- The Washington Times - Thursday, August 3, 2006

KUALA LUMPUR, Malaysia — At a time of rage and intolerance throughout much of the Muslim world, Malaysia stands out as a source of hope that Muslims and non-Muslims can live together in a Muslim-majority nation.

The Southeast Asian nation, whose flag bears the Muslim crescent and moon, has made considerable economic gains.

Its majority Muslim population has coexisted peacefully with the 40 percent non-Muslim population, mostly Chinese and Indian.

In addition, no major incident of violence has been committed in the name of Islam on Malaysian soil.

It’s no wonder Muslim and Western leaders hold Malaysia in high esteem.

The hat-tipping is set to continue when Prime Minister Abdullah Badawi delivers a keynote address at the sixth Asia-Europe Meeting in Finland next month.

The European Union wants Mr. Abdullah to share Malaysia’s success in the areas of race relations and interfaith issues.

If the past is any indication, Mr. Abdullah will claim tolerance and unity as enduring traits of the Malaysian people. He will swear by Islam Hadhari (Civilizational Islam), a political and ideological interpretation of the faith that stresses moderation and technological and economic competitiveness.

But back home a different reality is unfolding under Mr. Abdullah’s watch, one that raises questions about his commitment to Islam Hadhari and may have far-reaching implications for what is known as a “model Islamic democracy.”

Hard-line Muslims have grown irate in recent months over efforts to establish a commission to enhance understanding among Malaysia’s various faiths.

The latest protest was on July 22, when a private organization named Article 11 gathered in an upper-floor hotel ballroom in the state of Johor Bahru.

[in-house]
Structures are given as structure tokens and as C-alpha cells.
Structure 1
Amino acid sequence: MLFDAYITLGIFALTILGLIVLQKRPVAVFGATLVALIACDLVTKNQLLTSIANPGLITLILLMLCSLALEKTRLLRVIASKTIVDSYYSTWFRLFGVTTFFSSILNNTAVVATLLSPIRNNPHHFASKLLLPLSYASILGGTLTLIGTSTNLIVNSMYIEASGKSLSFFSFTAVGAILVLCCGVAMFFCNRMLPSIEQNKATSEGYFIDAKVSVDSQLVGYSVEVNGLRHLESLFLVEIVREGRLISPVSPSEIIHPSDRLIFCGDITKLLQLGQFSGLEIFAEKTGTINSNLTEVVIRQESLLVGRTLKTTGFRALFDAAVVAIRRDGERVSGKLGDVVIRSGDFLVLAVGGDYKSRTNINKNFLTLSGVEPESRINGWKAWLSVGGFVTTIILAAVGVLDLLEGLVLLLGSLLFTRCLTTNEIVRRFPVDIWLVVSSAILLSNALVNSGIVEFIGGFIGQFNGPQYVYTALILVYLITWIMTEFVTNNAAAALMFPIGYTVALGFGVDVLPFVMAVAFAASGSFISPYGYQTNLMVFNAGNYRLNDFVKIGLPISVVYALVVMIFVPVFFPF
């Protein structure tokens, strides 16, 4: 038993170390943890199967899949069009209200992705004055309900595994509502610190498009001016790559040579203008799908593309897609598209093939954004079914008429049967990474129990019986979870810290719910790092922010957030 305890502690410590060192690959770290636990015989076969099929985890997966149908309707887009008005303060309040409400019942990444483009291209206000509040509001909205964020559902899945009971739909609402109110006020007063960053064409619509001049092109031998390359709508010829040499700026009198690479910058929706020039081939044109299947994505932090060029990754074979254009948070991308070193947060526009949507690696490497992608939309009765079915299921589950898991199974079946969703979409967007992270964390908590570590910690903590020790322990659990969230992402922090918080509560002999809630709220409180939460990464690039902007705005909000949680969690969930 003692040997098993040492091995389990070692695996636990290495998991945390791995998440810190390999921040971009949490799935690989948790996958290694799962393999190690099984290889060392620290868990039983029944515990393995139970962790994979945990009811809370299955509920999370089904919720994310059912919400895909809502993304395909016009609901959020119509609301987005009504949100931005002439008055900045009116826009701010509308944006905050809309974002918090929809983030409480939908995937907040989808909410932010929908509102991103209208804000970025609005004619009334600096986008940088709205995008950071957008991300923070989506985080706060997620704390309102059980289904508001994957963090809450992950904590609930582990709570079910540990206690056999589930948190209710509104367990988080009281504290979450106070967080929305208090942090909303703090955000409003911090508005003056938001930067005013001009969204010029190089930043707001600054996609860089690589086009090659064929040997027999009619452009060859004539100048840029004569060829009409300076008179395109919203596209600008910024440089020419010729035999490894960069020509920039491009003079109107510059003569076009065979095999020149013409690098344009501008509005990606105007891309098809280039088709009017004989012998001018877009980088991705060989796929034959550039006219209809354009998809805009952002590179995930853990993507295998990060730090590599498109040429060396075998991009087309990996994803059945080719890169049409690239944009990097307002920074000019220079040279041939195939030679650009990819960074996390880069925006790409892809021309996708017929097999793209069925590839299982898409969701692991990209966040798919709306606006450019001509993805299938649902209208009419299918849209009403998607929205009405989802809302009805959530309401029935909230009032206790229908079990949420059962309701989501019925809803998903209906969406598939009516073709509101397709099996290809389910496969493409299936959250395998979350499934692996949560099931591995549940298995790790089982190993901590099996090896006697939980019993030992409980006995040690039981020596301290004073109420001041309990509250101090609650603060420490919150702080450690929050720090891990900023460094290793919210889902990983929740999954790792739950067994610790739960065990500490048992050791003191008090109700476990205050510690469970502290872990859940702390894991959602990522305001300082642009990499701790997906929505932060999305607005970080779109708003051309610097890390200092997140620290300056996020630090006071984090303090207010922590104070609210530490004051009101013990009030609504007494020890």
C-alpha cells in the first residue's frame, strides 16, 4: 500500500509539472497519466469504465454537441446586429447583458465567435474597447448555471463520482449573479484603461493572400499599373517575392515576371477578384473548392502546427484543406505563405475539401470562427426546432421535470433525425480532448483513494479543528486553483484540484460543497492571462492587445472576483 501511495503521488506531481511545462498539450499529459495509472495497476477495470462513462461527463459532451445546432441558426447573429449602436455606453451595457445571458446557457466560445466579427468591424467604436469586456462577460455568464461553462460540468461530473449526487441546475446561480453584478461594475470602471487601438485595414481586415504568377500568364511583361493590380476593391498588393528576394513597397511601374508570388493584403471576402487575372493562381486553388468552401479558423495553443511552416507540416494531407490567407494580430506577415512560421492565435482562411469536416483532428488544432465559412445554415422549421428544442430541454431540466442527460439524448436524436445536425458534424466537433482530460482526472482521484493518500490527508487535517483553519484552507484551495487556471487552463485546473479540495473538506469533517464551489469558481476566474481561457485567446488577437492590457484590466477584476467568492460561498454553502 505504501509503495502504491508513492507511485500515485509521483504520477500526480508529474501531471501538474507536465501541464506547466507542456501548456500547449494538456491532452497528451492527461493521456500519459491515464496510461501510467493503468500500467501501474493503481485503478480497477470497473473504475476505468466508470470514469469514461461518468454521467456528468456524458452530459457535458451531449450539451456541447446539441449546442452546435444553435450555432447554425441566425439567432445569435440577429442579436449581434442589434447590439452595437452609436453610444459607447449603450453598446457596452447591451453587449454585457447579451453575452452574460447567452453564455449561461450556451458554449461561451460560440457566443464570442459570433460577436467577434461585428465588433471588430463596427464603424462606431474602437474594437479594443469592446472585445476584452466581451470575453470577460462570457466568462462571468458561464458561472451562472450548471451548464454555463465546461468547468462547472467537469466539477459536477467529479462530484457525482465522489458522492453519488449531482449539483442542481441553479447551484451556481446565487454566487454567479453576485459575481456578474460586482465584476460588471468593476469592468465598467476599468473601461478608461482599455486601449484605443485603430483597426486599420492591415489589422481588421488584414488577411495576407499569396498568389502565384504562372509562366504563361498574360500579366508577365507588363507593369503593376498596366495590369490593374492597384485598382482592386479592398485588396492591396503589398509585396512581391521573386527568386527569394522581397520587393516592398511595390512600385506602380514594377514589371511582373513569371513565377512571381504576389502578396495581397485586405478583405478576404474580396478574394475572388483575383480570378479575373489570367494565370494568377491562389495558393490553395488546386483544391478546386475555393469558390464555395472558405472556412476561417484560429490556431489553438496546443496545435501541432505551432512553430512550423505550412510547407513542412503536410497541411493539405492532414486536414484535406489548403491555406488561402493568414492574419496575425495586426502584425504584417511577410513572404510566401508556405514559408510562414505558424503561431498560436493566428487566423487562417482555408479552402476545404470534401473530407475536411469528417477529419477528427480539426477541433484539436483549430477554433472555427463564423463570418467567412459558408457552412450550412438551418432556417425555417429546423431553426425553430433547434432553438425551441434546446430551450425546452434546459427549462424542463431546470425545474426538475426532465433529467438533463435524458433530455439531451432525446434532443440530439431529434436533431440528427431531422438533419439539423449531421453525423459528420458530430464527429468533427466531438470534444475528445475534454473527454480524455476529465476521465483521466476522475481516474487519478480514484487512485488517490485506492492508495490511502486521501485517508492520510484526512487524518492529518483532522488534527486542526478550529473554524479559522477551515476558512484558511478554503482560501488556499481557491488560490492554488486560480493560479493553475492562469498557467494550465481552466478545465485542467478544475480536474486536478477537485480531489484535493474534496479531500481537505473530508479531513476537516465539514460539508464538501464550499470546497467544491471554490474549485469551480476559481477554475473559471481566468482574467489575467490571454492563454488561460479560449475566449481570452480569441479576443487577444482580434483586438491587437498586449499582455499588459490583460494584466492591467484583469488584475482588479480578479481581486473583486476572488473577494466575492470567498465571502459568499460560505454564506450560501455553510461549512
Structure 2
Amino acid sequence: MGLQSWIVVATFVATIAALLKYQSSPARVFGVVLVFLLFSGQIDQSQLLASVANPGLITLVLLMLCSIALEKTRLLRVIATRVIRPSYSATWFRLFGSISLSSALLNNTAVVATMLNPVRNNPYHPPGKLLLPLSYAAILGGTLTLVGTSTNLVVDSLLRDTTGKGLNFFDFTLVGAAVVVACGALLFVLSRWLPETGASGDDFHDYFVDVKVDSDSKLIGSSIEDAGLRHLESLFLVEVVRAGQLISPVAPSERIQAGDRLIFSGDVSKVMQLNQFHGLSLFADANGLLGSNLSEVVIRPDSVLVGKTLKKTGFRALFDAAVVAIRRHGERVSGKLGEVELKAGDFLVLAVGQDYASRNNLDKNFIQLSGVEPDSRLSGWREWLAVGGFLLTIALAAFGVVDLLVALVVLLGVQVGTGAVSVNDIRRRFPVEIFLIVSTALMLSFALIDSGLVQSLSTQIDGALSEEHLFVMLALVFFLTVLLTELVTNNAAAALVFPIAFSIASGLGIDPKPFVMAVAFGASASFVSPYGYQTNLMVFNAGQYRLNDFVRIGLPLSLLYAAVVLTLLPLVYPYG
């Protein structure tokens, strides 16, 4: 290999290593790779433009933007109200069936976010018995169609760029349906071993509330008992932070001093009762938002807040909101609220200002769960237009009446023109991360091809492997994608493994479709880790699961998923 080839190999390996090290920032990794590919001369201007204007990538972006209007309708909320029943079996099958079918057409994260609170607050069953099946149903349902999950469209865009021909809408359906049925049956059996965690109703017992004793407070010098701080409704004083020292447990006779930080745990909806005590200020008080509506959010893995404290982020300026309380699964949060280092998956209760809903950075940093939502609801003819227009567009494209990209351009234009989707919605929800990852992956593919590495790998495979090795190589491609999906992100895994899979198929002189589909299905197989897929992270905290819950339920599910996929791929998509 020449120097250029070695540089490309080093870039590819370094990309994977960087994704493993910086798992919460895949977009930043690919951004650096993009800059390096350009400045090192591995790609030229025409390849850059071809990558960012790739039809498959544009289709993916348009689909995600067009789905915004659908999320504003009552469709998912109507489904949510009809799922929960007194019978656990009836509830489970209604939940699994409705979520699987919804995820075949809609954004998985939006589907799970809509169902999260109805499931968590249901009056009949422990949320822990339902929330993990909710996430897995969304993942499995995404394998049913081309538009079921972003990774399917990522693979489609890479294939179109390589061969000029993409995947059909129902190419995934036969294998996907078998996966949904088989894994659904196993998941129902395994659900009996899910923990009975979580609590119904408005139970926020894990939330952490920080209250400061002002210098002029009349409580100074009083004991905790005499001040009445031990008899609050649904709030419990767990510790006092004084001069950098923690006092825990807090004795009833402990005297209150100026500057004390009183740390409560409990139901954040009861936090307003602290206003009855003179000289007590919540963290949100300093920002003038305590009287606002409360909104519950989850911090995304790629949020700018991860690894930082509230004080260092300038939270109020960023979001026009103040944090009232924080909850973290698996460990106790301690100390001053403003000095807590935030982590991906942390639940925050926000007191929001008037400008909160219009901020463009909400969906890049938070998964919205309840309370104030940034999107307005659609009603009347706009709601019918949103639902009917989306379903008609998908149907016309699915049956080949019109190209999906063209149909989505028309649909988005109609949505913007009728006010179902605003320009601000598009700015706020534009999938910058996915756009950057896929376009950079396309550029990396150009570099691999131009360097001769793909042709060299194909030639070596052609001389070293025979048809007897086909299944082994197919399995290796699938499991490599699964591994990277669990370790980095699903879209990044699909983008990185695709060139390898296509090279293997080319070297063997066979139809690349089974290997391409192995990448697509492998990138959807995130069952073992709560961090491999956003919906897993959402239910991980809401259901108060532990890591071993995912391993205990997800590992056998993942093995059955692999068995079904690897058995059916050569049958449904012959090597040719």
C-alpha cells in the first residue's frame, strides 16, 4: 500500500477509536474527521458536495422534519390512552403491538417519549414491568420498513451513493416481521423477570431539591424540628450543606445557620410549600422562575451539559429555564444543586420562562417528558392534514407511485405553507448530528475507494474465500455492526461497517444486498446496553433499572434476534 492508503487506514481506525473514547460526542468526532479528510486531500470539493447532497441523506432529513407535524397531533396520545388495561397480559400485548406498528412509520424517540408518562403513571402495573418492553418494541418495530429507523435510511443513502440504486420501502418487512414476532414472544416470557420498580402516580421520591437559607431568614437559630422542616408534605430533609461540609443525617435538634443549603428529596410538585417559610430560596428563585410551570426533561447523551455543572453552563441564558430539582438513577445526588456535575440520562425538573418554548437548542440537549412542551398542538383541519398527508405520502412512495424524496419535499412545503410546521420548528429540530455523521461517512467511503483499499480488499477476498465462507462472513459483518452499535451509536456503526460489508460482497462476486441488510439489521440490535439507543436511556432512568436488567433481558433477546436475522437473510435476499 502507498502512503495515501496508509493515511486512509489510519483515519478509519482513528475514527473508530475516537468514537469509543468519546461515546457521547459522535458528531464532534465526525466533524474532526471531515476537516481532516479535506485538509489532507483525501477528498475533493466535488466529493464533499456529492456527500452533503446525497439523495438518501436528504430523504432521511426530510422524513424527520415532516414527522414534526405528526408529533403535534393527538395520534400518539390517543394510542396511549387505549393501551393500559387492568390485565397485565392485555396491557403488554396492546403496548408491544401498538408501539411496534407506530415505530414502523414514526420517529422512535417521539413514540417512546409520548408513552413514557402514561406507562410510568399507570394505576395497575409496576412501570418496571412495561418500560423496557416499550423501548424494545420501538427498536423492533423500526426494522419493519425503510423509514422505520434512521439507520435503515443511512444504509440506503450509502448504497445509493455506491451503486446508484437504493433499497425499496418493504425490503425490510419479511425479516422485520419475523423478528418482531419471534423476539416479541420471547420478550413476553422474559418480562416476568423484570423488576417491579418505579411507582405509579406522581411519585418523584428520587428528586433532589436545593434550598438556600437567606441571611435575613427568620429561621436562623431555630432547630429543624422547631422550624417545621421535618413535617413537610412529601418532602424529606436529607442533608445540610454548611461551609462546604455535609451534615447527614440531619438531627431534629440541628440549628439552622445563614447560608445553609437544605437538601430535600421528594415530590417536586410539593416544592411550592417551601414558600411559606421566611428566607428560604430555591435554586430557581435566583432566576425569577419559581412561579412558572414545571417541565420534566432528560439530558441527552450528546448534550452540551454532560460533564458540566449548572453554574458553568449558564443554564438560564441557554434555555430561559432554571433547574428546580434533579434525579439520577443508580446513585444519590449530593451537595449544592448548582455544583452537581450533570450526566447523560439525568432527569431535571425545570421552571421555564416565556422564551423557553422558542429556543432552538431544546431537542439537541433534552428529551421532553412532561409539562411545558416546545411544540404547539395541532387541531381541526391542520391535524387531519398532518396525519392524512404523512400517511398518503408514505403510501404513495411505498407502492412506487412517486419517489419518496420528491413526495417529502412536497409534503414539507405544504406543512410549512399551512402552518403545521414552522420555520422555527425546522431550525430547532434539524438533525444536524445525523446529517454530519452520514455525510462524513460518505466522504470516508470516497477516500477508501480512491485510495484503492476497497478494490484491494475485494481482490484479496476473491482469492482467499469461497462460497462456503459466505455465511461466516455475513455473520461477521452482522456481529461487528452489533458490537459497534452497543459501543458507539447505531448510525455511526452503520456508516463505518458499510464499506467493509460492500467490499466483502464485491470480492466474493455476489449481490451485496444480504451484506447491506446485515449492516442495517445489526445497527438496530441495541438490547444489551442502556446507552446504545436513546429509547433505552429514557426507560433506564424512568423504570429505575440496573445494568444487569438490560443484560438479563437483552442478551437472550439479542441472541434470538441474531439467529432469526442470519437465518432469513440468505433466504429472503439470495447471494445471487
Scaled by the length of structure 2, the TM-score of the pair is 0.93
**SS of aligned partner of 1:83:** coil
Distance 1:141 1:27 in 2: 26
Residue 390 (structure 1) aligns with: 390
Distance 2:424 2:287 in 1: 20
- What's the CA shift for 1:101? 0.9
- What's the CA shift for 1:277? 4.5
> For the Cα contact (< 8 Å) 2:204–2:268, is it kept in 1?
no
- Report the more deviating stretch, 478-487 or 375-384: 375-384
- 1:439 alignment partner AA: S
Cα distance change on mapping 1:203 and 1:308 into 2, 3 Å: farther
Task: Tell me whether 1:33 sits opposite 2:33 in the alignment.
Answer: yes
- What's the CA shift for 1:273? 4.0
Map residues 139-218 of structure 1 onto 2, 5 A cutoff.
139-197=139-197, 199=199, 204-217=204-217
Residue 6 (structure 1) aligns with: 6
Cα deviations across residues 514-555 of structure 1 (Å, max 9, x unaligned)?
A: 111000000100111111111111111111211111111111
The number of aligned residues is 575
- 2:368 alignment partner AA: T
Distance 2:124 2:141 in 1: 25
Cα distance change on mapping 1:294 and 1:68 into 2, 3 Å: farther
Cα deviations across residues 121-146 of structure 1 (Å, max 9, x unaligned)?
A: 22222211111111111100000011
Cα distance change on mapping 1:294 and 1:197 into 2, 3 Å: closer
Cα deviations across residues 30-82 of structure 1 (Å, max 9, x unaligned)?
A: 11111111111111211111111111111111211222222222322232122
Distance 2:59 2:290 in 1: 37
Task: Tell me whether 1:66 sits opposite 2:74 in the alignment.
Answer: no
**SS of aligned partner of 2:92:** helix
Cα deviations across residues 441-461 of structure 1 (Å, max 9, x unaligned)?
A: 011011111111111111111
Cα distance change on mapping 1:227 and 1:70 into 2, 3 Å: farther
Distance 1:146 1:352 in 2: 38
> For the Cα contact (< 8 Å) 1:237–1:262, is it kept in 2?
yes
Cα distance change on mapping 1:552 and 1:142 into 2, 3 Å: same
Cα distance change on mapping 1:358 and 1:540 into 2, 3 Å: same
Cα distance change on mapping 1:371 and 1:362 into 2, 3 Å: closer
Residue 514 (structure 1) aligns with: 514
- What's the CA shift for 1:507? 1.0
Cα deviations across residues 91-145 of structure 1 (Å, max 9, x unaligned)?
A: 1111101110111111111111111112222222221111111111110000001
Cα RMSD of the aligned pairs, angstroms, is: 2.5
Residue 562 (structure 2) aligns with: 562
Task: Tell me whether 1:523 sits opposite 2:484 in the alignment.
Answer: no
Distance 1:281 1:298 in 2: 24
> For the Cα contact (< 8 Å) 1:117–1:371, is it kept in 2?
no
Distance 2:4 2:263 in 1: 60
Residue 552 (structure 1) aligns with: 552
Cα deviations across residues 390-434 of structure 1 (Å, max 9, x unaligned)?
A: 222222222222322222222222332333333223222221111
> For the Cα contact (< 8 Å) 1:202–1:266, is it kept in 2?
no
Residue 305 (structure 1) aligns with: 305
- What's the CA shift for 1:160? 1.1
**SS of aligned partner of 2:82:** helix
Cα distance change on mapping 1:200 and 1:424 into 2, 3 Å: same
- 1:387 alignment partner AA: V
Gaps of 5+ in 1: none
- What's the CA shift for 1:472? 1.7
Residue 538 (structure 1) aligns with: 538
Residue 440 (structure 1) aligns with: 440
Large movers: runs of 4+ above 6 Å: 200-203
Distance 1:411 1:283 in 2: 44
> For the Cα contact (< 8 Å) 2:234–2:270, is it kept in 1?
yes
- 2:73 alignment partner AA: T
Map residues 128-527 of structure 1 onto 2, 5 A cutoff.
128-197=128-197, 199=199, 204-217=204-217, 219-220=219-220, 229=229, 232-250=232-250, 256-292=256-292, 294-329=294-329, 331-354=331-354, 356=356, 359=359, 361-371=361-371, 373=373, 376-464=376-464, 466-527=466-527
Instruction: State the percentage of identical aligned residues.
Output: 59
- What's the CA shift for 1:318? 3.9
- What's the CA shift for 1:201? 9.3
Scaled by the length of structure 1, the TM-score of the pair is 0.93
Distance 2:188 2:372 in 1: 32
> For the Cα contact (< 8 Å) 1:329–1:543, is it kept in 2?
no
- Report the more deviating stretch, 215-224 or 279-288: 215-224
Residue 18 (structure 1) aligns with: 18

The organization wants the Malaysian government to guarantee equality and freedom of worship as the supreme law of the land.

About 300 Muslims scowled from behind a police line at the hotel entrance, brandishing signs that said, “Don’t touch Muslim sensitivities,” “Destroy anti-Muslims” and “We are ready to sacrifice ourselves for Islam.”

In May, hard-liners threatening to storm an Article 11 venue brought the forum to an abrupt end.

Mr. Abdullah has responded to the tensions by cracking down — not on the hard-liners, but on Article 11.

“Do not force the government to take action,” he warned the organization.

He accused Article 11 of playing up religious issues and threatening to shatter Malaysia’s fragile social balance by highlighting “sensitive” issues.

It is an article of faith in Malaysia that “sensitive” issues should not be discussed openly.

Yet it is these same issues — race, religion and a longtime affirmative action program benefiting the majority Malays — that are dear to many Malaysian hearts.

The issues are discussed passionately, albeit behind closed doors, within one’s own racial community.

Mr. Abdullah has issued a stern warning to journalists to stop reporting on issues related to religious matters.

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